- Page 1 Creative D200
- Page 2 Sound Quality And Verdict
- Bluetooth wireless
- Good sound quality
- No dock
- Can't charge player
- Review Price: £74.29
- Wireless music playback
We know the feeling. You have your eyes on a Creative ZiiSound D5 speaker, with its fancy Bluetooth wireless connectivity, but find the cost prohibitive and would happily trade a little sound and build quality for a lower price. And wouldn’t you now it, Creative has thought of you, hence the D200 speaker.
At around £75 it’s reasonably affordable, and although it doesn’t have fancy features like a dock for charging your iPod, it is still a decently attractive product, and offers the same Bluetooth wireless, making it a good solution for those who don’t like having to leave their music player physically connected to a speaker system.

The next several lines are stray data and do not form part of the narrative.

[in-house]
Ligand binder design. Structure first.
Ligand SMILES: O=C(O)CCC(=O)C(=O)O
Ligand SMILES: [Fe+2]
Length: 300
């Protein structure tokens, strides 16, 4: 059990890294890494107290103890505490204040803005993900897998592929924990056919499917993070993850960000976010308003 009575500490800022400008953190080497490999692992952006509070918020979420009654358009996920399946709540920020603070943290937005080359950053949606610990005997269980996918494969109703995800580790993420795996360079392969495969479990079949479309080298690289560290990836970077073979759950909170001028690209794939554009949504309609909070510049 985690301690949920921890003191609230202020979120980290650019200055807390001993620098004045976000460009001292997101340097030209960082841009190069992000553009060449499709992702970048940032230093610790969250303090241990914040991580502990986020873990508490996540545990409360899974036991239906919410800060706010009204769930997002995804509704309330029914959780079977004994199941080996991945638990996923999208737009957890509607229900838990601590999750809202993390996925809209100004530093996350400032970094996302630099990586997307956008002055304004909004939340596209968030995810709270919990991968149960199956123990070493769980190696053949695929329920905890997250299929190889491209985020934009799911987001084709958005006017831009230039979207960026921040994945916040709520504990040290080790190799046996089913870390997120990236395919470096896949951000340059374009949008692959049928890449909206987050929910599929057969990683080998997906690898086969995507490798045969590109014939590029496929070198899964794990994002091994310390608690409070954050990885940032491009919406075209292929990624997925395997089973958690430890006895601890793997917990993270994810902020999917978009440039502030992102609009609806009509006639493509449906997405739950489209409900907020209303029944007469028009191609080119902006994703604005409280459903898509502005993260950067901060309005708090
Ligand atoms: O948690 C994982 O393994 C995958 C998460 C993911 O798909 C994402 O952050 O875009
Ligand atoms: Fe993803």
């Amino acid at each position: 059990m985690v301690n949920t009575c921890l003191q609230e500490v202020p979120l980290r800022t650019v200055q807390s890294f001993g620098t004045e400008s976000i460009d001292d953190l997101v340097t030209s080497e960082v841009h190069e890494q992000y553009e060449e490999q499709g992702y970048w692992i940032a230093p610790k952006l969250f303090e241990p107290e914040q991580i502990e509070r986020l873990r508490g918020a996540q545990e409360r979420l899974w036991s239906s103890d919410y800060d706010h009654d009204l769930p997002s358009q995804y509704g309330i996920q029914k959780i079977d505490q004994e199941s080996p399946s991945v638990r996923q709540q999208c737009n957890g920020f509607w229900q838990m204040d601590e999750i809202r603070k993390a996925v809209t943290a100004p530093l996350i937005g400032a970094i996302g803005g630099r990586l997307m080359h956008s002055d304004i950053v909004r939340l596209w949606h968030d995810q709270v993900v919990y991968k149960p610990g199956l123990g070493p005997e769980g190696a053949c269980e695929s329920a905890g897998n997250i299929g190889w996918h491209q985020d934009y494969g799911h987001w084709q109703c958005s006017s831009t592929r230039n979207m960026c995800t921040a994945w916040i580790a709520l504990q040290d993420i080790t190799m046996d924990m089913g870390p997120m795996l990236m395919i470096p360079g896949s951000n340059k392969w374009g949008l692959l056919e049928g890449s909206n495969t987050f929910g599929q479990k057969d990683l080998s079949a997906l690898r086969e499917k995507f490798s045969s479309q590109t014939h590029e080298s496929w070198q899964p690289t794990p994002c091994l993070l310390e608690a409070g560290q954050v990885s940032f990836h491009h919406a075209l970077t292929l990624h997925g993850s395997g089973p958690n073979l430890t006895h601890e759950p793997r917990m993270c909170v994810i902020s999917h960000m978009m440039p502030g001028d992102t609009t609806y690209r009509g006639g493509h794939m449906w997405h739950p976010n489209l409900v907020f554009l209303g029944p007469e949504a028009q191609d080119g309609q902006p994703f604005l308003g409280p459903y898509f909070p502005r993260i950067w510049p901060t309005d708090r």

The design certainly won’t win any awards for originality – it’s a speaker dock without the dock, what do you expect? – but we think the combination of glossy black plastic body, with a plain black mesh covering at the front, will fit into most homes without issue. And the construction is solid enough not to leave us with any concerns – the D200 feels like a speaker that will last as long as you care you keep it. For those times when connecting a player via Bluetooth isn’t possible, the rear-placed aux input will prove handy.
The only thing we don’t like is the volume control, which has one rocker button, as opposed to separate up and down controls, but that’s a minor complaint. The prominent Bluetooth connect button and status LED is well-placed next the volume control; a green light indication the system is powered on, a flashing blue light informing you that it’s searching for a device, and a solid blue light indicating one is connected – no surprises there.
Unsurprisingly the Bluetooth adaptor in the D200 supports the A2DP standard, affording much better audio quality that older Bluetooth speaker systems could offer. However, it’s not as good as the apt-X codec supported by the ZiiSound D5. Given the lower price, and lesser components, of the D200, however, we’ve no complains about the decision. And the plus side is that you don’t need an adaptor for the D200, which was an annoyance of the D5.